Yogi, like yoga, comes from the root ‘yuj’ literally meaning to join. The concept of joining is not a literal or mundane act of joining, as in joining a class, but rather is a joining of the finite consciousness with the infinite consciousness. But yuj has a great deal more complexity than the somewhat mundane meanings and does not translate well into English. Other qualities associated with ‘yuj’ would be ‘to harmonize’ and ‘harness.’ This can have multiple levels of understanding, for example, yuj could be to in reference to harmonizing the rhythms between the Sun and Moon, the mind and body, ego and soul to name a few examples. Likewise, it is to harness the emotions, so that they do not drive the body in an unhealthy direction and to focus the mind towards Dharma and realization.

The term Yogini is an even more complex term, as this term is associated with the Divine Mother and female saints. The term can also refer to groupings of forms of Durga, an important Goddess. Yogini also has important meanings within the various tantric traditions. Most importantly, the term Yogini is strongly associated with Shaktism and worship of the Goddess and feminine expression and relationship with Divinity.

There are numerous additional titles from within the Hindu tradition associated with Yogi and Yoga; these include Yoga-raj or king/lord of yoga. This is often an honorific title given to yoga masters. There is Yoga-yukta which is a term for a practitioner that has brought their senses and mind under control. Yoga-vid is a knower of yoga. There is also Yogacharya, which is commonly viewed as a teacher of yoga.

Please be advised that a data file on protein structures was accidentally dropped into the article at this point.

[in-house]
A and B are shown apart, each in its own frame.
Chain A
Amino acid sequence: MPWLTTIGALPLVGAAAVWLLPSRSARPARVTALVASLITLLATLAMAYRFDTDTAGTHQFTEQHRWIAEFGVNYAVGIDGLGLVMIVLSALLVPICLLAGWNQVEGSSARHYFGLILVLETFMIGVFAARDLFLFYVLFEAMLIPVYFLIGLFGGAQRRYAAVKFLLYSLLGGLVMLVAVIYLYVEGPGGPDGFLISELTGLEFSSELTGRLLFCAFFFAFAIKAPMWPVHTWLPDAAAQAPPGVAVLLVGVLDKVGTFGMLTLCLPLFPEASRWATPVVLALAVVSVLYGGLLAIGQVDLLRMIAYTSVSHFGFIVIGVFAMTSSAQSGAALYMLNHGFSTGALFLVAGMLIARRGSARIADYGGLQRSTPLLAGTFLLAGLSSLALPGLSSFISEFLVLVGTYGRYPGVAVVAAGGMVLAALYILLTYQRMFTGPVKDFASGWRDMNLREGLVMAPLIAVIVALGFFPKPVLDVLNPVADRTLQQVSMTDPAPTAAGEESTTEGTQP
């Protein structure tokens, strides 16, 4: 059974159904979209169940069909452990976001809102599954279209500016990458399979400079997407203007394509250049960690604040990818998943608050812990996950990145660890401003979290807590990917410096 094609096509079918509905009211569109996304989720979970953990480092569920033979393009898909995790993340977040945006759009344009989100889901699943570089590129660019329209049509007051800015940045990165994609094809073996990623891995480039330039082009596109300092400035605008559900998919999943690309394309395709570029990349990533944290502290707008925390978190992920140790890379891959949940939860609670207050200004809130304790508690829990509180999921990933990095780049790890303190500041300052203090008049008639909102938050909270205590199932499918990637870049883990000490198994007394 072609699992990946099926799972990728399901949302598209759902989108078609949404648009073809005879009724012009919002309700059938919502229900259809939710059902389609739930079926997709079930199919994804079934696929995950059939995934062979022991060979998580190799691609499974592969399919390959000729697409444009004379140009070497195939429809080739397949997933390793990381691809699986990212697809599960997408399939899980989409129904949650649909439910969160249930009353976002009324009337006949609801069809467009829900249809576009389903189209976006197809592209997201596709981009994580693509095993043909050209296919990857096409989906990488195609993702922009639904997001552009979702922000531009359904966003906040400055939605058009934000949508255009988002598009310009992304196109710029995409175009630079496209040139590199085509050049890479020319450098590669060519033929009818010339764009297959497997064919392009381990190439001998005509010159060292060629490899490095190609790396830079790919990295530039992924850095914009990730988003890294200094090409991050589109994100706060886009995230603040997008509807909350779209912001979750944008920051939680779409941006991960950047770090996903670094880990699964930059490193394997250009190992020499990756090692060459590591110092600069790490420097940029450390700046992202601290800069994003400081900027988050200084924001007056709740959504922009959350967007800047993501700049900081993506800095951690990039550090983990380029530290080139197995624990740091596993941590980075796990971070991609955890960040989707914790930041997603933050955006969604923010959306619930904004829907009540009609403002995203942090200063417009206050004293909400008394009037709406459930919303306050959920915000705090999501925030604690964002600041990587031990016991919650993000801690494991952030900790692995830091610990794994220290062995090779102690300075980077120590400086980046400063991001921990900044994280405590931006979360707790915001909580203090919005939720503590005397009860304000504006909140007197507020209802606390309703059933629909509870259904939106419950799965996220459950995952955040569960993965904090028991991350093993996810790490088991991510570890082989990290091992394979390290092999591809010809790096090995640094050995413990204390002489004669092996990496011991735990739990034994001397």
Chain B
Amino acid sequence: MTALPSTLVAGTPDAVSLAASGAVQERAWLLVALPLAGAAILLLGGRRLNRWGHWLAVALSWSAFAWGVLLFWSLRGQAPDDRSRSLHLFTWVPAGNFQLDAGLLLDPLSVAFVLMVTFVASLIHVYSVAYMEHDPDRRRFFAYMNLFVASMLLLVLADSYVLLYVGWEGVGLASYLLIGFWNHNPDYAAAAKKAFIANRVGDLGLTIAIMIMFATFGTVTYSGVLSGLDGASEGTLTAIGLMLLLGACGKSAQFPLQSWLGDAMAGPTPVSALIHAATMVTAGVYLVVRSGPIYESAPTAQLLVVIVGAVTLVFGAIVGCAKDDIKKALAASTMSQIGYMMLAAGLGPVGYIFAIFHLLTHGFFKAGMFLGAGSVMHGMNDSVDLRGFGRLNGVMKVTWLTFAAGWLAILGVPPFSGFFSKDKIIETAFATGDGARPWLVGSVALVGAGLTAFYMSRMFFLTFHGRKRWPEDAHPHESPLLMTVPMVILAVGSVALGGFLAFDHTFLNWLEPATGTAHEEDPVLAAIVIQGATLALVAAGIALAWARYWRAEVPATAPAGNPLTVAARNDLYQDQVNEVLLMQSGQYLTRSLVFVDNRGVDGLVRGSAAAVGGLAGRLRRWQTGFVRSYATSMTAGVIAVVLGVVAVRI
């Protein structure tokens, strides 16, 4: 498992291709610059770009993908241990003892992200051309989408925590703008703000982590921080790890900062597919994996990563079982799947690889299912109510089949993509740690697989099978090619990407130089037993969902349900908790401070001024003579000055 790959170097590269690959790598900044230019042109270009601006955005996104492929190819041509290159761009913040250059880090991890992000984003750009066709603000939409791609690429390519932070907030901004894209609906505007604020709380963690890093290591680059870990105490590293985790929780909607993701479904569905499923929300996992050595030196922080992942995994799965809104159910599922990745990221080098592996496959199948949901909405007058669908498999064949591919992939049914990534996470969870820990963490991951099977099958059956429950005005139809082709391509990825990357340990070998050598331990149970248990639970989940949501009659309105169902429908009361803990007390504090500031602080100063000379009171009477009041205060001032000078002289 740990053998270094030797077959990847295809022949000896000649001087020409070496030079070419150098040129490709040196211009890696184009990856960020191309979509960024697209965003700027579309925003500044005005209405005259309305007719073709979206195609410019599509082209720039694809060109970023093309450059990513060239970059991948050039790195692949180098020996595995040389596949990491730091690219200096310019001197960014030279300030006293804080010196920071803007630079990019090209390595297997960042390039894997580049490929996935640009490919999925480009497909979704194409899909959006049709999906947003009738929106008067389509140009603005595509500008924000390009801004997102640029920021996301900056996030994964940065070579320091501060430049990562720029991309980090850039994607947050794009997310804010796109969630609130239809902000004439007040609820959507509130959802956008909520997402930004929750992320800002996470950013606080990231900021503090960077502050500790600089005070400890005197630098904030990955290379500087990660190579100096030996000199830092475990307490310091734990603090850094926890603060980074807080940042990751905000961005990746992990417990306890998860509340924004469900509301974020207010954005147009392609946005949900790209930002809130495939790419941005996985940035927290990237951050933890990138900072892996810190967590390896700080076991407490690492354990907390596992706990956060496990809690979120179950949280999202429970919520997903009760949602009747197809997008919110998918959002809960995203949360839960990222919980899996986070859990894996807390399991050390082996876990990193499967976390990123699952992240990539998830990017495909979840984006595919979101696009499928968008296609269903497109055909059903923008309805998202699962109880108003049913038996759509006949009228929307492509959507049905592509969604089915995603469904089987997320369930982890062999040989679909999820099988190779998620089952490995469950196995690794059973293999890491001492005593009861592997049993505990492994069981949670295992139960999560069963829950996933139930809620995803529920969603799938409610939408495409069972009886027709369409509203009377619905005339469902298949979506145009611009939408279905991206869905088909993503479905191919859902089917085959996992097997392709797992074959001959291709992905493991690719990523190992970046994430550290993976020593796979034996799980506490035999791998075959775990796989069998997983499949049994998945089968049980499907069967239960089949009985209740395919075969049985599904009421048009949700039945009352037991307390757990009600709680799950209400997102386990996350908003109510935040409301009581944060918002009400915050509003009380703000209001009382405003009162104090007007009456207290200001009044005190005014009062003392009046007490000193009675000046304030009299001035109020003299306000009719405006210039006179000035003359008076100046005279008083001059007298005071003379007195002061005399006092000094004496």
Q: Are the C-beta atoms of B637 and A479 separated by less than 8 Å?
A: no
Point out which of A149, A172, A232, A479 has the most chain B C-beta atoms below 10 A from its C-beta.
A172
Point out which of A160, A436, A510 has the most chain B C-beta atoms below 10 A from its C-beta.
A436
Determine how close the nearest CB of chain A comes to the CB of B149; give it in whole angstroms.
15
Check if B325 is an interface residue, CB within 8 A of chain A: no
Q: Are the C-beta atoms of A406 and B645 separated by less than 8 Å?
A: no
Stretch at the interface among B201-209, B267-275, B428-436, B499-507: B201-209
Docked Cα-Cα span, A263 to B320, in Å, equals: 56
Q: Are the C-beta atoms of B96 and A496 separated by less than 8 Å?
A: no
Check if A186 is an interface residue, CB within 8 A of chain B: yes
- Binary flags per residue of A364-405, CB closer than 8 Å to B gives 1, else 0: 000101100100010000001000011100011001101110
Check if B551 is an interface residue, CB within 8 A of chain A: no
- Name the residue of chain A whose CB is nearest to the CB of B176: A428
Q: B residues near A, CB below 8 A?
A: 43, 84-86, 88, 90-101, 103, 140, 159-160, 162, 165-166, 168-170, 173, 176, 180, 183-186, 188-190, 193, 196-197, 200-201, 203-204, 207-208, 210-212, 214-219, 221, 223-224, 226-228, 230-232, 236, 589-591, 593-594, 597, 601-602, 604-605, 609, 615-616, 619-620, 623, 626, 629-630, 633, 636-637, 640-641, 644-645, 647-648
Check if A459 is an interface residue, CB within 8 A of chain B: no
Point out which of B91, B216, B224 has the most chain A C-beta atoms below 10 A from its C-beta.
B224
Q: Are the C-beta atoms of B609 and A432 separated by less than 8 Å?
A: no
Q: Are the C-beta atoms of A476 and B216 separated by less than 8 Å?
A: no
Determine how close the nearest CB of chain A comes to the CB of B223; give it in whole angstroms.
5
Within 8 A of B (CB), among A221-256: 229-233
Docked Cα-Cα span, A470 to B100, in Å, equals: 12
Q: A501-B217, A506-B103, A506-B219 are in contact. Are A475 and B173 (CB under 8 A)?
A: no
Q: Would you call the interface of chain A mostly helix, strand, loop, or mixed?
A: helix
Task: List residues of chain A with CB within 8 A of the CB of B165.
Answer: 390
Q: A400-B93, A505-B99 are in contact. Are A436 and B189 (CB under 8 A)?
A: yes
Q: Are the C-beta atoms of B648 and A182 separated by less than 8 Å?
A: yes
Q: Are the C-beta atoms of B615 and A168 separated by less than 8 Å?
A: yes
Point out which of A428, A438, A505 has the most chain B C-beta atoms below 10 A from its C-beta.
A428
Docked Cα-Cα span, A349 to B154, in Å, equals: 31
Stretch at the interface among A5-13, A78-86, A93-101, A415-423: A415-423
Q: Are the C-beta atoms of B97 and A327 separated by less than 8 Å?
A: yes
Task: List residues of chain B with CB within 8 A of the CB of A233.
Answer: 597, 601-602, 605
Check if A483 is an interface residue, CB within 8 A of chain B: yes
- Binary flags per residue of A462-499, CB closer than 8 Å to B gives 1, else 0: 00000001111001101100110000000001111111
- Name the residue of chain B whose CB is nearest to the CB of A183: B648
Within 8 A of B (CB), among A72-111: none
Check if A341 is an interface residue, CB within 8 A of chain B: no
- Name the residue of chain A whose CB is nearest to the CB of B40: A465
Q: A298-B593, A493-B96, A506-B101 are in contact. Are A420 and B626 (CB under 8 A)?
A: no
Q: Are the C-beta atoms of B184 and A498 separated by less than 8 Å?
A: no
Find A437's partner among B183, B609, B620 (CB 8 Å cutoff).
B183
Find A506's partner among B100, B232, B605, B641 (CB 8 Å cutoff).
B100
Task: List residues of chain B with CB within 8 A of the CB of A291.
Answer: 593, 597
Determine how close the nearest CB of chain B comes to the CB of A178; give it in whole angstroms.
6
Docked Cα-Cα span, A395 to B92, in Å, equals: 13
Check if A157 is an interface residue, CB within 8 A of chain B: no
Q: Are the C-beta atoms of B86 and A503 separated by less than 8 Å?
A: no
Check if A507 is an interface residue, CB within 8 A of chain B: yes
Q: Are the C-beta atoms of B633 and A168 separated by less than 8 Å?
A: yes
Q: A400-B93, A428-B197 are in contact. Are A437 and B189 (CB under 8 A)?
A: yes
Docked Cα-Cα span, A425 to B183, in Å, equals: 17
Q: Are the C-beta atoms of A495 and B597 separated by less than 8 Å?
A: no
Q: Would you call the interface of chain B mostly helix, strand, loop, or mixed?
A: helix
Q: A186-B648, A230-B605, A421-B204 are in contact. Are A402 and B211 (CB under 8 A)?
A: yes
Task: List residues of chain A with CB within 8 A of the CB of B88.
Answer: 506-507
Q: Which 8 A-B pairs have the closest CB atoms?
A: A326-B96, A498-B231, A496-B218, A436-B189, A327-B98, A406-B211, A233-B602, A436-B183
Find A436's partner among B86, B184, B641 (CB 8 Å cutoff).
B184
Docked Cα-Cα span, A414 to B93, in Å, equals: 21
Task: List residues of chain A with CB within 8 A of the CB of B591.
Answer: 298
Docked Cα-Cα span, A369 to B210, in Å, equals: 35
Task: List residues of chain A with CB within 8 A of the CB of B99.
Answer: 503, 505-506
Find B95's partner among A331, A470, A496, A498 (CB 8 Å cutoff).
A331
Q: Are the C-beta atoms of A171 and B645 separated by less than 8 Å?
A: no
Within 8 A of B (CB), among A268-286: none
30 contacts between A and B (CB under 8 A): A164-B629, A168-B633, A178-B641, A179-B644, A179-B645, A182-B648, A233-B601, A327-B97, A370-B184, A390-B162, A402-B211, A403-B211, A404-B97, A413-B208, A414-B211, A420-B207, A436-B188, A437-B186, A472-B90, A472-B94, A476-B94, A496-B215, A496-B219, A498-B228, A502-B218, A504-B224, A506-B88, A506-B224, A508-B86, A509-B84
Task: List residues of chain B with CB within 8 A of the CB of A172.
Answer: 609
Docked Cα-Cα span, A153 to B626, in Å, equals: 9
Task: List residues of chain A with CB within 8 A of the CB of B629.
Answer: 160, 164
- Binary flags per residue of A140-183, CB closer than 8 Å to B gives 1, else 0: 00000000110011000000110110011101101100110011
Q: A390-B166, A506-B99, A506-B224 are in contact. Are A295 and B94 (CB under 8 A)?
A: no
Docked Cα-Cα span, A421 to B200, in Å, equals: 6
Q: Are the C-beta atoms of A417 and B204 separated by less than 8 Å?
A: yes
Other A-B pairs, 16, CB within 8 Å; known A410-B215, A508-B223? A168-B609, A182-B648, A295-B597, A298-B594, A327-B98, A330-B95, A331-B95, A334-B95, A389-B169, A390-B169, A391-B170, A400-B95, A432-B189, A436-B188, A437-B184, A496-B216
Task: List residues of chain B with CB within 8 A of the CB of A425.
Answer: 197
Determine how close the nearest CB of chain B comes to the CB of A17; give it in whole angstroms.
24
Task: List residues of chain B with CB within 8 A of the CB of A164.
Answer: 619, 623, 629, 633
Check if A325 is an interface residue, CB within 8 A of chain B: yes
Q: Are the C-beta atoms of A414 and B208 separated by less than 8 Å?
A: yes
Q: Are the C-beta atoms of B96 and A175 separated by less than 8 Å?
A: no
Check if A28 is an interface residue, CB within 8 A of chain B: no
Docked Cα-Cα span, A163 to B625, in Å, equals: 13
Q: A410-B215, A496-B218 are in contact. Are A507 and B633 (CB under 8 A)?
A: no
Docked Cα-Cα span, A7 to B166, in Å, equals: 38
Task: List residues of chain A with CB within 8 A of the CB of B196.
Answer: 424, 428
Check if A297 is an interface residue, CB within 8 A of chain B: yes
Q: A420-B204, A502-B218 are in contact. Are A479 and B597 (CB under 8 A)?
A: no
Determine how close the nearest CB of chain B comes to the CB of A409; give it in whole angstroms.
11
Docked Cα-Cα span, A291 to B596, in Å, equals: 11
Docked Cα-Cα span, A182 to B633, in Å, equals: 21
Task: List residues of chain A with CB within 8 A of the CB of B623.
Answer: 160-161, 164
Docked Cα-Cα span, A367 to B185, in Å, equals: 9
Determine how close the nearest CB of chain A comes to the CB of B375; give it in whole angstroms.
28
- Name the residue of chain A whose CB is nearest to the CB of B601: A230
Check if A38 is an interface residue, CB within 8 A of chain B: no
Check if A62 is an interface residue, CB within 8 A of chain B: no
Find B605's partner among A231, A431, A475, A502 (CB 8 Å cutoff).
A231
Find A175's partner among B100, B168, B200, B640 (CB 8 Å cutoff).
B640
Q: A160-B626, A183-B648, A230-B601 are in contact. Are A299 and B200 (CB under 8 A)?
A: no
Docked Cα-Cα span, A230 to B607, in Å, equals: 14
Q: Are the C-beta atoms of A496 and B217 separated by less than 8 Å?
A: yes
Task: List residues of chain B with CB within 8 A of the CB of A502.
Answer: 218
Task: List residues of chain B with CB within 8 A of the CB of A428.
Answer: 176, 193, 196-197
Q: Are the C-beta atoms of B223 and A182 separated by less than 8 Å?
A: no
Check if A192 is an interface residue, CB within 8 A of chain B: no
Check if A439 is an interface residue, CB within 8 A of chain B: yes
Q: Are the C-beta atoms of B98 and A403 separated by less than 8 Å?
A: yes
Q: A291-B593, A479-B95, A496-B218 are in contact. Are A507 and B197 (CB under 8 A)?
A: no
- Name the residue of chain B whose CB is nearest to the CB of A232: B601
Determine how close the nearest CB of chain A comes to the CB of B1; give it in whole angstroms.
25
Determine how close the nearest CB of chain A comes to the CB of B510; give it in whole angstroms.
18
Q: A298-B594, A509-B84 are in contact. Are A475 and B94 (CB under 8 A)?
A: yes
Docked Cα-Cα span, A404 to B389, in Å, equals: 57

One should note that Yogacharya should not be understood as a simplistic completion of a training program. It marks considerable depth and realization as to the application and realization of yoga in its truer application. This term also is commonly used as a preceptor. Some traditions define three types of Yogacharya:

Codaka-meaning the prompter.

Bodaka-meaning the awakener.

Mokshada-the liberator.

Additionally there is a fourth type that should be mentioned among the other three, in my opinion–Upadhyāya. This term often refers to a teacher of mysticism.
One who teaches mysticism but does not engage in initiation.

Yogi does appear within the Buddhist tradition, as Buddhism was born out of Hinduism. It is here that we see the most common or liberal usage of the term, as Yogi can be commonly used to refer to a renunciate or a householder that practices meditation. It is the Buddhist usage that has most likely influenced modern day practitioners of yoga and their usage of the term ‘yogi.’ But ironically, often they do not teach within a Buddhist tradition. Furthermore, it is the aforementioned ‘Neophyte’ classification that most accurately describes the modern usage of the term, though it is somewhat doubtful that new practitioners of yoga are thinking of this meaning in their usage of the term.

As practitioners of yoga, it is important to fully understand the tradition in which one’s particular teachings originate. Likewise, it is important to use the terms of yoga within their proper context. The current tendency of forcing words to mean what we want them to mean, or what we think they mean, only degrades yoga and the sacred teachings of yoga, apart from propagating ignorance. We have only grazed the surface of the meaning of yogi and yogini, as these words and meanings are quite expansive and eventually transcend language, as they express something that is beyond limited language.